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IN THE NEWS

    • 12/1
    • 2010
    • 9/27
    • 2010
    • Focusing On the Benefits of Healthy Eating
    • Conquest Magazine
    • Fruits and vegetables are “in,” along with the new “Optimizing Nutrition (ON) to Life Program” led by Joya Chandra, Ph.D. This multidisciplinary program works to promote healthy eating habits in pediatric patients and survivors. A focus group of patients and survivors will pilot a video game developed by Tom Baranowski, Ph.D, professor of pediatrics at Baylor College of Medicine, in coordination with Houston design studio Archimage. “Escape from Diab” is an interactive game aimed at preventing childhood obesity and type 2 diabetes through healthy eating and exercise.
    • View More: Focusing On the Benefits of Healthy Eating
    • 7/22
    • 2010
    • Adventure Video May Help Kids Dodge Diabetes
    • Agricultural Research
    • In the action-packed video game “Escape From Diab,” kids break free from the evil, diabetes-inducing Kingdom of Diab by making wise food choices. The fast-paced, educational-yet-entertaining game is the work of Tom Baranowski, professor of pediatrics and specialist in behavioral nutrition, and colleagues at the ARS Children’s Nutrition Research Center at Baylor College of Medicine in Houston, Texas. His results from testing the video with 153 young volunteers should be ready to report later this year.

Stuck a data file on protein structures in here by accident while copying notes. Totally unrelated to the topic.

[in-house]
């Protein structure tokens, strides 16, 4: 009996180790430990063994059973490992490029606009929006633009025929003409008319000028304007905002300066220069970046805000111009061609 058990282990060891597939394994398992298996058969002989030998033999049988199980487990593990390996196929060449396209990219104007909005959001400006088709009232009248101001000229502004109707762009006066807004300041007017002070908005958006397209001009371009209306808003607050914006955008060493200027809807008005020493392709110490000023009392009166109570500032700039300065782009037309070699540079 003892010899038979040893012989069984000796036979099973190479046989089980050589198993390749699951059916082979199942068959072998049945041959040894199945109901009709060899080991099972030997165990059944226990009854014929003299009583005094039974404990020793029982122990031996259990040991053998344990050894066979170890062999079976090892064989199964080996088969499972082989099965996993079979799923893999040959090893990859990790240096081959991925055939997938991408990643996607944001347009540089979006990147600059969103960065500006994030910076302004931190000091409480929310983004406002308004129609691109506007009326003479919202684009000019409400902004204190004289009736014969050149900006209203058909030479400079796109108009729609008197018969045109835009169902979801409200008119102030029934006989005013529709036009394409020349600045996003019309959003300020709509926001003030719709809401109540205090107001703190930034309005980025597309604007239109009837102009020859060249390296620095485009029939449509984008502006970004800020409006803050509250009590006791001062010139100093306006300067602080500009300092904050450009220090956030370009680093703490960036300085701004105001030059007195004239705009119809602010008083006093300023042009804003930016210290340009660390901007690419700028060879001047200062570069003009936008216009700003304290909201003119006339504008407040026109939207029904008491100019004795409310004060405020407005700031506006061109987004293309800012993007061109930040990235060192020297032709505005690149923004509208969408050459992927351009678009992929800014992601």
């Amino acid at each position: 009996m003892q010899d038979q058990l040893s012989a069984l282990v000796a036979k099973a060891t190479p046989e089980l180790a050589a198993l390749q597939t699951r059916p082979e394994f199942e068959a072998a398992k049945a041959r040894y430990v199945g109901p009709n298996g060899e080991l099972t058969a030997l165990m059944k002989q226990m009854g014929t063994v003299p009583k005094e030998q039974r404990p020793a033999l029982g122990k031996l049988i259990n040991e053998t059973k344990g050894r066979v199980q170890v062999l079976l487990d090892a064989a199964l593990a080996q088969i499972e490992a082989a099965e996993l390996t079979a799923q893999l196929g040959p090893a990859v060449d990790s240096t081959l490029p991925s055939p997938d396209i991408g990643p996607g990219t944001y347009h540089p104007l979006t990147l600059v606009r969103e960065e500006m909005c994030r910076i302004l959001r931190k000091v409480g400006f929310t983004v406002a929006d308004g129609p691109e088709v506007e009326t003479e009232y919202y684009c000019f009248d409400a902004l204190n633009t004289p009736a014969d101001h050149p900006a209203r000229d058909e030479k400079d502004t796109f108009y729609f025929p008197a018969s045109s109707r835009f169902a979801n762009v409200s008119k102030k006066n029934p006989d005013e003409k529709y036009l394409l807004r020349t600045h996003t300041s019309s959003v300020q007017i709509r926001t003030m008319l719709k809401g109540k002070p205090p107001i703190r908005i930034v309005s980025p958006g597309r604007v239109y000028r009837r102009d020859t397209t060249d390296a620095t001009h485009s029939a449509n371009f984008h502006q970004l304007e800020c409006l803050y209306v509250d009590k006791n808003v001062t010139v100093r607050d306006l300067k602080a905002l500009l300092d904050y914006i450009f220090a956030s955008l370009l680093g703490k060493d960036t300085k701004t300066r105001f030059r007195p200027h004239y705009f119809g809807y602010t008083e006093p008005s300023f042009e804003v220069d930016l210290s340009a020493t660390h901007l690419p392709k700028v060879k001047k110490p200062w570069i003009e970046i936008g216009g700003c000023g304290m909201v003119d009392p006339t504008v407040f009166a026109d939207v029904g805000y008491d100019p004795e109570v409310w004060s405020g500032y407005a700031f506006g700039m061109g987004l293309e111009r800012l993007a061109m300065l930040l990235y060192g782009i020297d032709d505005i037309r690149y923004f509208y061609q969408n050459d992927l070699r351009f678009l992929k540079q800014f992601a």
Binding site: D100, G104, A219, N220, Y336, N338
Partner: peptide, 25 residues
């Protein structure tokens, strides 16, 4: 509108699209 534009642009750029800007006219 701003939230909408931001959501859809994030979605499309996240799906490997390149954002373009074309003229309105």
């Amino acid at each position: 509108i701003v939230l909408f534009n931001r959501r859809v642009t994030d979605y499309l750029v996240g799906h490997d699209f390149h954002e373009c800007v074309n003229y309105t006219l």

• View More: Adventure Video May Help Kids Dodge Diabetes
    • 7/5
    • 2010
    • Diabetes and Games with a Theoretical Base
    • NurseTim TUBE
    • Patient education in the 21st century is looking very different than it did even 5 years ago. As we develop patient education activities for our students, we need to consider how these changes will affect their practice. From social networking to PDAs to video games, clients from all generations are looking in many different directions to find information to help them obtain optimal health.
    • View More: Diabetes and Games with a Theoretical Base
    • 3/10
    • 2010
    • Surfing the Net with Kids
    • The Boston Globe
    • The food pyramid is a nutrition and activity guide published by the United States Department of Agriculture. It contains eight divisions: physical activity (represented by the person climbing the side of the pyramid), grains, vegetables, fruits, oils, milk, and meat and beans (representing all forms of lean protein.) Learn more at this week’s crop of freshly picked sites.
    • View More: Surfing the Net with Kids